Here’s a testimony against “extreme destination residencies,” if there ever was one: British artist Rebecca Moss was on a residency on the Hanjin Geneva container ship as the shipping company that owned it went bankrupt and cannot pay its port fees, stranding Moss and the ship crew, unable to dock at any port in the entire world. The Vancouver Sun has interviewed Moss, in partial below, in full here.
Rebecca Moss is the British artist stranded on the Hanjin Geneva owned by the Hanjin shipping line that filed for receivership Wednesday. She was on board as part of the 23 Days at Sea Residency organized by Access Gallery in Vancouver.
The Hanjin Geneva is now somewhere off the coast of Japan near Tokyo. It cannot dock because ports around the world have barred Hanjin ships over concerns that include the payment of port and service fees.
I composed several questions and sent them to Moss via Kimberly Phillips, the curator/director at Access Gallery. Phillips is in touch with Moss by email. Moss’s answers have been edited for context and style.
The first story on Moss’s situation appeared Thursday in The Vancouver Sun.
Q: When did you hear that the Hanjin Shipping Line filed for receivership?
A: I heard (Wednesday) morning (Sept 1st).
How were you told?
I went down in the morning for my breakfast and the Captain was waiting for me. I poured myself a coffee and he told me to brace myself for a change of plan. He was very matter-of-fact and said he is going to do everything to ensure the passengers and crew arrive safely at a port at the earliest opportunity.
A large meeting was held shortly after with everybody on board. I was not at the meeting unfortunately as I was very seasick and had taken myself to bed, but John and Gail (two other passengers who embarked at Seattle) went, and it sounds like the same information was delivered to them. The Captain also told everybody to conserve water and food.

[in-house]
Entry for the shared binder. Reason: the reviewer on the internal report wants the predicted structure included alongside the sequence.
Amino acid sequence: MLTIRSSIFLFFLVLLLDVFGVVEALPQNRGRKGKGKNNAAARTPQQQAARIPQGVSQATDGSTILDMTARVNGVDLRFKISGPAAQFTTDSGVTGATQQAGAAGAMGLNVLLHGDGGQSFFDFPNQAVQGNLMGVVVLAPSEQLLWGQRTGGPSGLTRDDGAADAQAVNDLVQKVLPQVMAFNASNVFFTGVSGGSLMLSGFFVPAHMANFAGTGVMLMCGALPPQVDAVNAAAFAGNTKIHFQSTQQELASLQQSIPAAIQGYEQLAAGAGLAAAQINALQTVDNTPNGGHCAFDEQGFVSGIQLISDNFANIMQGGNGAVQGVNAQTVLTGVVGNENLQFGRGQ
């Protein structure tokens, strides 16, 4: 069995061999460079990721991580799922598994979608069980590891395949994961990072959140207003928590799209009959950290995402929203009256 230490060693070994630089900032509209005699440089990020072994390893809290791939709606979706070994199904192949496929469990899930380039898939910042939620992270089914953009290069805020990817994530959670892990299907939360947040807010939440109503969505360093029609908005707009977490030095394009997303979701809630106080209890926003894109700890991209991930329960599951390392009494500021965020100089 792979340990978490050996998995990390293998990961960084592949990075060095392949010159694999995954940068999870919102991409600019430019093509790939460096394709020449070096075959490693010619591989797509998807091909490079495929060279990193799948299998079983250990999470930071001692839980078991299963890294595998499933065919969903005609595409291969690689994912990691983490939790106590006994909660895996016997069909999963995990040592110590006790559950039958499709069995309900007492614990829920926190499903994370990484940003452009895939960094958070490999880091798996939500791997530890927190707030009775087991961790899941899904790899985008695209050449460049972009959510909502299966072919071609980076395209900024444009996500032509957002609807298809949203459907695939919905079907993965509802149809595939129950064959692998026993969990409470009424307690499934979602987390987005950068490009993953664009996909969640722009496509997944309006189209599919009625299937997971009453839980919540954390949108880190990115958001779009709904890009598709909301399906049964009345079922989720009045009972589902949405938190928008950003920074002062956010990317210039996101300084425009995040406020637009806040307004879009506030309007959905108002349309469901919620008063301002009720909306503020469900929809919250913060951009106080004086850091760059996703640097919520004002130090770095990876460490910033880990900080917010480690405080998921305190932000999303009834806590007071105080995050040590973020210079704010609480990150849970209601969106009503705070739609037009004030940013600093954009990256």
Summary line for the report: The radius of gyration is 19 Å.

How was its impact explained to you?
Throughout this entire trip I have been acutely aware of the implications of the financial crisis on crew members. Some had already been handed their notice before they boarded the ship, others are expecting it when we are back on shore.
It is a well-known and documented fact among everyone that global shipping firms have been swamped by overcapacity. In terms of the impact of (Wednesday’s) news, it was explained to me that we are currently barred from all international ports and that meetings were currently being had to work out a solution for all drifting Hanjin vessels.
How did the crew react?
Resigned, unsurprised, determined to just get on with life on board.
How did you react?
I realized that this would become the aspect of my trip that my work would have to focus upon. All along I had felt the sheer absurdity of this journey, but in the moment I was told we wouldn’t even have a destination at the end of all this labour, I felt completely incredulous.
Did the news affect your sleep?
Yes, I didn’t sleep well (Wednesday) night as I was trying to mentally work out what I will do when I eventually get back onto dry land.
Did any of the crew say to you that they saw the bankruptcy coming?
Pretty much everybody!
How has the news about the bankruptcy changed any routine you might have had on the Hanjin Geneva?
Before the news, there was always a feeling that we were moving in a line toward a horizon, and there was a real sense of purpose. This was reflected in the way I approached my day — I had knowledge that I had a certain number of days left and I was trying to plan to execute my ideas accordingly.
However, now it feels more like we are a slowly drifting island, a feeling that I am sure will intensify when we actually drop anchor. I have found myself wandering more and feeling more in the present — taking each moment as it comes and not knowing when the end will be.